CLARE, Mich. — There's no Christmas tree. No lights or glittery display outside the house. No little girls in special Christmas dresses or little boys wiggling in new Christmas suits. There's definitely no Santa Claus and maybe not any gifts.
But Christmas for Michigan's Amish community is filled with food and cheer. The highlight of the holiday will be stories and discussions about the religious meaning of Christmas, as the extended family gathers on Christmas Day.
Christmas is the biggest holiday on the Amish calendar and Michigan is home to 11,000 Amish, one of the largest populations in the country. But in keeping with the Amish way, it's a simple Christmas for simple folks — and an about-face from the Christmas excess that abounds in so many households this time of year.
"We have the quiet way of honoring Jesus coming," said Simon Miller, of Clare. "Nothing to be seen by men, nothing to bring glory to ourselves."
The Amish are sometimes called the Plain People because of their traditional signatures — the horse-drawn buggy and nondescript clothing of men in dark suits fastened with hooks instead of buttons and women in full-length dresses.
But they don't talk much about it. Most don't have telephones, although some share a phone with one or two other families.
Many Amish won't pose for photographs, considering that a form of vanity.
Most live off the grid, avoiding commercial electricity. Amish children usually attend an Amish school, and only until eighth grade.
But the Amish embrace their uniqueness as a way of protecting their people from what they believe to be outside corruption.
Church is celebrated regularly, but instead of building a facility, the members will meet in the house of member of their group.
"They have a strong sense that their church should be separate from the world," said Steven Nolt, a professor of history at Goshen College in Indiana and one of the authors of "Amish Grace, How Forgiveness Transcended Tragedy." "So their dress, the way they interact with non-Amish neighbors, their nonuse of technology both separates them from mainstream society and also bolsters their own sense of community."
It's also an expression of how they believe they should live.
"Their plain dress is an expression of simplicity and humility and modesty," Nolt said. "It is a symbolic marker, a demarcation between the Amish and their non-Amish neighbors."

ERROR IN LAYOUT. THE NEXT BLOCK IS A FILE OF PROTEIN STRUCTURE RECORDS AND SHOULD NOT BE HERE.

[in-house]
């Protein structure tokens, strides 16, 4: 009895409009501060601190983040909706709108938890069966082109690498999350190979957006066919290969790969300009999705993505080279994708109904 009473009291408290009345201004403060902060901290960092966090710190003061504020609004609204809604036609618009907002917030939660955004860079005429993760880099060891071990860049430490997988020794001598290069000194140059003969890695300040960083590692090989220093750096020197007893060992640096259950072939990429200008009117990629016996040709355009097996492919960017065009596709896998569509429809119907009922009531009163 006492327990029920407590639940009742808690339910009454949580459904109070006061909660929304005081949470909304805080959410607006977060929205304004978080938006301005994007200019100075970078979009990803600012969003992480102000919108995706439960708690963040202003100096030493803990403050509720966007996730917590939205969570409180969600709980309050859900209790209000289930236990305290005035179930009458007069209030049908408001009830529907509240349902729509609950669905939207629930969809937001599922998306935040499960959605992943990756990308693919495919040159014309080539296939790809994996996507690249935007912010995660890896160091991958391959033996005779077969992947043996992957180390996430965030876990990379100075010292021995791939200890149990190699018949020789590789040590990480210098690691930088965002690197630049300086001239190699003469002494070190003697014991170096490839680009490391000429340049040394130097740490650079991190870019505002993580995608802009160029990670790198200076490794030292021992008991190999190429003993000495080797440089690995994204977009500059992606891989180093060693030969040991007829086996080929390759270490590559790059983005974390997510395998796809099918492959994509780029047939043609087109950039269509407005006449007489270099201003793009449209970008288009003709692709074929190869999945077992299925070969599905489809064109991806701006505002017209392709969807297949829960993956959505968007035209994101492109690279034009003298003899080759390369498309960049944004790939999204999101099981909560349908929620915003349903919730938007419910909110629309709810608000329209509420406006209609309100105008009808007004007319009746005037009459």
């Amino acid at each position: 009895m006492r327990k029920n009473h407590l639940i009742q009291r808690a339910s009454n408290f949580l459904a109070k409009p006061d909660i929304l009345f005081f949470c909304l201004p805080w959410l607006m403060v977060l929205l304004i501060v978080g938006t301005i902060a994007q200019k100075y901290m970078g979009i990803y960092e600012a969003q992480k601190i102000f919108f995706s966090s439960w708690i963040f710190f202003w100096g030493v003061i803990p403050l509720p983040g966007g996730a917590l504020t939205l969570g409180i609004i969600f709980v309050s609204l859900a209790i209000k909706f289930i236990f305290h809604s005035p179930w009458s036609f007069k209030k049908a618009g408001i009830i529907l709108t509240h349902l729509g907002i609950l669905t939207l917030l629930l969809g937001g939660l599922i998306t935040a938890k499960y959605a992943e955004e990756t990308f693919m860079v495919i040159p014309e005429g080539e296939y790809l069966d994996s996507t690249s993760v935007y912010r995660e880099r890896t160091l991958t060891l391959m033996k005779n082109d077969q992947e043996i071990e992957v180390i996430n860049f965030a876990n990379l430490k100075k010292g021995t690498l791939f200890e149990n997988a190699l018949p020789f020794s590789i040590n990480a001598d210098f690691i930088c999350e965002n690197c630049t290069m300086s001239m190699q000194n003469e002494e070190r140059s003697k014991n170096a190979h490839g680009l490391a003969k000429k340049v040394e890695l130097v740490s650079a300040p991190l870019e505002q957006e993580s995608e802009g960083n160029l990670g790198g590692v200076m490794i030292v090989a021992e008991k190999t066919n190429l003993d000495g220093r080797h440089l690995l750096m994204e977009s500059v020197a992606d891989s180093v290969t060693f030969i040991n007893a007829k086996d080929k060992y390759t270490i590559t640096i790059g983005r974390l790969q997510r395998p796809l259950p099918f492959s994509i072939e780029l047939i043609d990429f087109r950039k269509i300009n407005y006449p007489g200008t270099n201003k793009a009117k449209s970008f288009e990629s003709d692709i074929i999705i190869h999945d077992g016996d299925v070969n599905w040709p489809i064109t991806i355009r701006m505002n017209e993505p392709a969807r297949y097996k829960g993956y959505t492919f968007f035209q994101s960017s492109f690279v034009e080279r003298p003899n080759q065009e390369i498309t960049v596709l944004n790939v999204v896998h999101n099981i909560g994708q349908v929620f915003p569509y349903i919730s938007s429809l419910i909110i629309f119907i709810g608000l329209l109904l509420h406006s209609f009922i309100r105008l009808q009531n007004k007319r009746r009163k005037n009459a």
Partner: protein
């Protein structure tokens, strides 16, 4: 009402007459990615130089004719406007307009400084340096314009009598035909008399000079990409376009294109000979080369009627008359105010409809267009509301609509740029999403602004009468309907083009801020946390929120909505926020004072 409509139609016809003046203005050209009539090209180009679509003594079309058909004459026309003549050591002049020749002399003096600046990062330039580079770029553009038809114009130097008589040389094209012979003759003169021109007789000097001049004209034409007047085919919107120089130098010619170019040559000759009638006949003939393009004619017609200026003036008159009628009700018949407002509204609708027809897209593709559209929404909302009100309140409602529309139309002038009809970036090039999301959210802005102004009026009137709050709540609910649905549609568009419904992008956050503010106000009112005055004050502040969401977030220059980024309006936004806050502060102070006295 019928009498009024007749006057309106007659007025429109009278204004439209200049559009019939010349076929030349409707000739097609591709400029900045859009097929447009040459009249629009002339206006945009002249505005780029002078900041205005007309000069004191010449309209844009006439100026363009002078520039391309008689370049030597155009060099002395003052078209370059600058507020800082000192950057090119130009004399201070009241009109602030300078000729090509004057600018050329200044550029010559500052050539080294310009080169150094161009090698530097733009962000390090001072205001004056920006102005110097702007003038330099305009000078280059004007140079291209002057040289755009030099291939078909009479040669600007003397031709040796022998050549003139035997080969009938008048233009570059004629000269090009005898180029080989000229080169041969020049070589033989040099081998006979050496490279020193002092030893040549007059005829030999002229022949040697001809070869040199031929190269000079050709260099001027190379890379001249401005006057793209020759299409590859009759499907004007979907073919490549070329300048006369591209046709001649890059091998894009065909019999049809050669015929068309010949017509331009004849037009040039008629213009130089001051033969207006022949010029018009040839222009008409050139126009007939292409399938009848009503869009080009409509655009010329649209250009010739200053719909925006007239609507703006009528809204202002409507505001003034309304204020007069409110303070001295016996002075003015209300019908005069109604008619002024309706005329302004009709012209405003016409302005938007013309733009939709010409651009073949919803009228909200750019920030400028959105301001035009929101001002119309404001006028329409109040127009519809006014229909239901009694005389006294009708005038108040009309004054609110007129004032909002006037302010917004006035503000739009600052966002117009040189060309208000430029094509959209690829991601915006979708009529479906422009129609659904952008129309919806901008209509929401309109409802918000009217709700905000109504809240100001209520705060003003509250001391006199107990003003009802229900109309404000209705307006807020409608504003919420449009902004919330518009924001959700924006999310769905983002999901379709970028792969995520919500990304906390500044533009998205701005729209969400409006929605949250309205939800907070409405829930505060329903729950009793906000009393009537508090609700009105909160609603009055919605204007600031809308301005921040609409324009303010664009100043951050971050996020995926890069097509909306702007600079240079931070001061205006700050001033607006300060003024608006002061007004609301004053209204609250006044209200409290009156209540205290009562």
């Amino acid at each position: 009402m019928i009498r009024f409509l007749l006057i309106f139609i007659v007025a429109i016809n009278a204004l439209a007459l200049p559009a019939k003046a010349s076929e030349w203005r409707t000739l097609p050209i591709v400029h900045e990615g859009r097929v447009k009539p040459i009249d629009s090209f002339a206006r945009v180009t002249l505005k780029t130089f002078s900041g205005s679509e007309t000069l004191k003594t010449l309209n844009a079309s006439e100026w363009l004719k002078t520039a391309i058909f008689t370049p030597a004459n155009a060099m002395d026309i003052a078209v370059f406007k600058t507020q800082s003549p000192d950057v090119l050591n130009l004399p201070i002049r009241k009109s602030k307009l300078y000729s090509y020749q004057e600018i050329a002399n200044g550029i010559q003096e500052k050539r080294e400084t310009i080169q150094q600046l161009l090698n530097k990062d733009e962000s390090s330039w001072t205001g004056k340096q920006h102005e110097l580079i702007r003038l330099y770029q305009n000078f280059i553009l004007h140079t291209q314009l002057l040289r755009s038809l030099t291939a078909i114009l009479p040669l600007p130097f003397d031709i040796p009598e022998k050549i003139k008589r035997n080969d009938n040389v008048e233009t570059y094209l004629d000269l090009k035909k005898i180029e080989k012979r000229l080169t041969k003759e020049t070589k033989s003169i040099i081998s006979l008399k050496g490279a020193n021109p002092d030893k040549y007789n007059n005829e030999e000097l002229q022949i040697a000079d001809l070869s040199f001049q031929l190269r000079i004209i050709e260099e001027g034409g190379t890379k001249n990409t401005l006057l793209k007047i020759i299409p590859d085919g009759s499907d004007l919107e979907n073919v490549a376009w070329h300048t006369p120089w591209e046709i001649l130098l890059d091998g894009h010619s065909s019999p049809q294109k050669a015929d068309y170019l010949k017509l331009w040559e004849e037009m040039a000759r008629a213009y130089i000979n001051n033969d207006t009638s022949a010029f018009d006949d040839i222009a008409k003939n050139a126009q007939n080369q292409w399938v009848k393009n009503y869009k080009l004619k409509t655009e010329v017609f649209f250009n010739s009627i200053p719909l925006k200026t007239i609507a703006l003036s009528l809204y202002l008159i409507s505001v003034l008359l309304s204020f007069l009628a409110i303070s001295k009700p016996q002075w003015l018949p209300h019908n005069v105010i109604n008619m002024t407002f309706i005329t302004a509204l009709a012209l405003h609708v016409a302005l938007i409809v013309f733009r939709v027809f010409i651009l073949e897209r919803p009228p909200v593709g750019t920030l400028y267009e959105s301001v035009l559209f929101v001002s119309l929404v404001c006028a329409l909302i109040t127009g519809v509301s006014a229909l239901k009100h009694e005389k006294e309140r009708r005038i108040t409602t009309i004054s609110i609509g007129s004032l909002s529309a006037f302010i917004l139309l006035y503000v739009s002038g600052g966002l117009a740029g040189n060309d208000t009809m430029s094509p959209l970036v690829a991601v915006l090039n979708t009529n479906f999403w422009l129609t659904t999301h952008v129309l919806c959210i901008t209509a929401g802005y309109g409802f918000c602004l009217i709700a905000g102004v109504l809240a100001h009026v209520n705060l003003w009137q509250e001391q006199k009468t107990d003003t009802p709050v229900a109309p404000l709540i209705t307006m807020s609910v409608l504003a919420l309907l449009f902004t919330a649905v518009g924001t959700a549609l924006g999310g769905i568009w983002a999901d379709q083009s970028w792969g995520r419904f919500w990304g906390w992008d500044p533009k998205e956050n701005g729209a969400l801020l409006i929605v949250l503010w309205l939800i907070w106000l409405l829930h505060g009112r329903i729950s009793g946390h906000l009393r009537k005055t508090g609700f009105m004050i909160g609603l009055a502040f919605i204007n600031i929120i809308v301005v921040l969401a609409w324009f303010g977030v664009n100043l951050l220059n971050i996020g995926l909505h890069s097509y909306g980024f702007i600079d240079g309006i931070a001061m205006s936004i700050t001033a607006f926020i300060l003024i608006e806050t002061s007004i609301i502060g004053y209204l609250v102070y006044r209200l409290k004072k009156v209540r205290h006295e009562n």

The Amish practice a conservative form of Christianity that dates to the late 17th century, when a group of Swiss Anabaptists — dissenters from the Catholic church — split off from the Anabaptists and followed Jacob Ammann.
The majority of American Amish live in Michigan, Pennsylvania, Ohio, Indiana and Wisconsin. The group is growing, with the Amish population nationally roughly doubling every 20 years, Nolt said, thanks to their large families and that 85(PERCENT) of those born to Amish parents remain in their faith as adults.
Not surprisingly, this time of year when many are putting up their holiday decorations or shopping for gifts, the Amish take a plain view as well. For the Amish, Christmas is quiet and gentle holiday, an observance rather than a celebration, with family and religion as the centerpiece.
"Our way of celebrating Christmas is to sit and read with the children and tell them the story of how Jesus came to Earth through the Virgin Mary and how he shed his blood for us on the cross, as a family talk about what Christmas means," said Simon Miller of Clare.
There will be gifts in some Amish households but any gifts will be useful.
"One year I got a stepladder," Miller said. "The children get clothes or something they need." Younger children may also receive a second gift, perhaps a toy or storybook, he said.
"It'd be something that makes for their imagination. Oh, we'd give a little tractor or something like that," Miller said.
And there will be Christmas dinner. It typically consists of turkey, and may include what Miller calls "Christmas pudding," a layered mixture of cream cheese and red and green gelatin.
And despite not putting up Christmas lights of their own, the Amish may well enjoy the lights of others.
"We don't want to be judgmental," said Aaron Miller, a deacon in the Old Order Amish who is not related to Simon Miller. "The children enjoy looking at the lights, but to us, that's not the meaning of Christmas. We focus on the religious part of it."